Assets in turnkey asset management programs have grown significantly in recent years, but new investment options threaten to put an end to the party.
With new asset allocation models and robotics-themed portfolio tools, analysts are debating whether there is still a viable place for third-party, turnkey asset management programs at investment advisory firms.
TAMPs, which allow advisors to outsource management of some or all of their clients’ assets, went on a remarkable run from 2011 to 2015. TAMP assets rose from $147 billion to $1.75 trillion in that timeframe, according to Tiburon Strategic Advisors.
An estimated 25 percent of investment advisors turned to TAMP products and services during that time, Tiburon reported.
But although advisors warmed up to third-party asset management services, and enjoyed the increased free time they had to focus on their clients, growth has leveled off in the past year.
That’s primarily due to fintech-themed alternative products like robo-advisory services, which increasingly handle traditional trading and managing of client investments that back offices used to own.
Also edging into the advisory offices’ inner circle are so-called “model marketplace” products — centralized asset management platforms where money managers can choose from myriad third-party investment options, yet still control the trading themselves.
That presents a question for wealth managers: are traditional TAMPs going out of style? If not, is there still a prominent place for them at the advisory industry table?
Ask several experienced investment experts, and you get different responses. One thing is for sure, though, the most compelling response is steeped in current U.S. consumer demographics.
“TAMPs are very useful to the advisor but not necessarily to the client,” said Saleem Khatri, co-founder of the San Francisco-based Instavest. “There is a place for third-party TAMPs in the marketplace as long as the baby boomer generation still holds the majority of wealth in the United States.”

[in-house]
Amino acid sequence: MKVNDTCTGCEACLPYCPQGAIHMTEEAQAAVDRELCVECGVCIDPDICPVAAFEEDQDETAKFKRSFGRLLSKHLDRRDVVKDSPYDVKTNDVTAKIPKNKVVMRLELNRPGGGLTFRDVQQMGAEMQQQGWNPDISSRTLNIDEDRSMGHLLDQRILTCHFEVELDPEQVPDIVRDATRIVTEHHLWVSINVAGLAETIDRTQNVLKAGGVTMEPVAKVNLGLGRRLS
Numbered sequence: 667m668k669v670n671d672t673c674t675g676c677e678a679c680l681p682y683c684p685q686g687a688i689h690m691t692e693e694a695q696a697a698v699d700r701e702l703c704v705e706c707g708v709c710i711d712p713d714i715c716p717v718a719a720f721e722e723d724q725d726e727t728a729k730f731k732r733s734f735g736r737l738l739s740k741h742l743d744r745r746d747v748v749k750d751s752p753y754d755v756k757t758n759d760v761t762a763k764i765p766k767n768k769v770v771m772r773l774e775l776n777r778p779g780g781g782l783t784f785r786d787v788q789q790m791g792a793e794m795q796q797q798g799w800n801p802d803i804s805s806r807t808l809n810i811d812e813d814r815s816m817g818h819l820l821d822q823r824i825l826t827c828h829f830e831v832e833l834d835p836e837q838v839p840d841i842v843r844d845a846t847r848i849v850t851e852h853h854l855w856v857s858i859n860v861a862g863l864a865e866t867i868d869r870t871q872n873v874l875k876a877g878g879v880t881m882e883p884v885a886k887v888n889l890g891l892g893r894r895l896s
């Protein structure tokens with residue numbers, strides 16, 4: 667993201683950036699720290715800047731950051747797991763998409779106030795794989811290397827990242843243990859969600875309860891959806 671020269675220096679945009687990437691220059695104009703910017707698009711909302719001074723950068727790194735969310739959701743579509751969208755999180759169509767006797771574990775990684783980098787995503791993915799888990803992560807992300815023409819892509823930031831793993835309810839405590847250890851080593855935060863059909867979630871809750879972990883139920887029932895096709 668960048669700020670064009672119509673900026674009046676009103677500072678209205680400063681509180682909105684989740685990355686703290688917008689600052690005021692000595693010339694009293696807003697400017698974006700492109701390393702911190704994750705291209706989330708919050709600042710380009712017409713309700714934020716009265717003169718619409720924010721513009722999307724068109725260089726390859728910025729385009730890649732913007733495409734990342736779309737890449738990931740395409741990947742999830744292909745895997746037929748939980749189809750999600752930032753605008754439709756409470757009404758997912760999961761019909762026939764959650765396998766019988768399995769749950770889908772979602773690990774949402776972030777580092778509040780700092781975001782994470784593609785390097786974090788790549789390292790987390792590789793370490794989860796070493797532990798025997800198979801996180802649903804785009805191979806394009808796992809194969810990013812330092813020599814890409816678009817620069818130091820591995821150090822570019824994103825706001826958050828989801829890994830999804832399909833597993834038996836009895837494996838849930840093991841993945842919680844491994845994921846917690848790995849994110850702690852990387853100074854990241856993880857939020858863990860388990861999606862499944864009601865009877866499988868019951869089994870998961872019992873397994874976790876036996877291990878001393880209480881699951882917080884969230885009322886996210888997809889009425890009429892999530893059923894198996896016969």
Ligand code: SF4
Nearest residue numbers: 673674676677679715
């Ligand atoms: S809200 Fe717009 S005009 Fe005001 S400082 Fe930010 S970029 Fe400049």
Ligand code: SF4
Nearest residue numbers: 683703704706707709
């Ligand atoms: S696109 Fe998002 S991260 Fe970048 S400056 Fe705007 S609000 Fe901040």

TAMPs still work today because most advisors will (and should) spend 80 percent of their time gathering assets or setting appointments to earn their fees.
“Utilizing a TAMP is a no-lose proposition for these advisors because the advisor can offload a mundane investment responsibility,” Khatri said.
That level of outsourcing is made easy because most clients need only a basic index fund portfolio, which requires minimal effort on the part of the advisor, he said.
“Now the advisor has to time and opportunity to sell other products, like annuities and insurance plans and grow his or her business through prospecting,” Khatri said. “Customers are happy because their needs are being met and they have an advisor to call in case of a question.”
This arrangement works with baby boomer and Generation X. It does not work, however, with the millennial generation, Khatri said.
“Millennials are more comfortable utilizing robo-services, which is essentially a TAMP, and don’t feel the need to actually talk to an advisor,” he said.
The Counter View
Some select, heavy-hitting third-party asset managers disagree with that sentiment. Third-party asset managers are more viable than ever before, said Jerry Lezynski, managing director, marketing and communications at SEI Advisor Network.
With increased competition, fee compression and increased regulatory scrutiny, independent financial advisors need to focus on becoming more efficient and doing more with less, and that’s where TAMPs are a big help, Lezynski said.
“Third-party asset managers invest in differentiating their investment offering to meet also changing investor demands, such as goals-based investing,” he explained. “Third-party asset managers also integrate workflows through technology to be more efficient, while empowering advisors to enhance their overall client experience and engagement.”
Even so, TAMPs are at a transformational point in 2018, Khatri said.
“As the shift in generational wealth occurs, so too will the need for advisors to focus on shifting client preferences,” he noted. “They’ll steer TAMPs to millennials, who’ll realize they can directly access TAMP-like services through various robo-advisor platforms.
“In a way, advisors will have worked themselves out of a job.”
Brian O’Connell is a former Wall Street bond trader, and author of the best-selling books, The 401k Millionaire and CNBC’s Guide to Creating Wealth. He’s a regular contributor to major media business platforms. Brian may be contacted at firstname.lastname@example.org.
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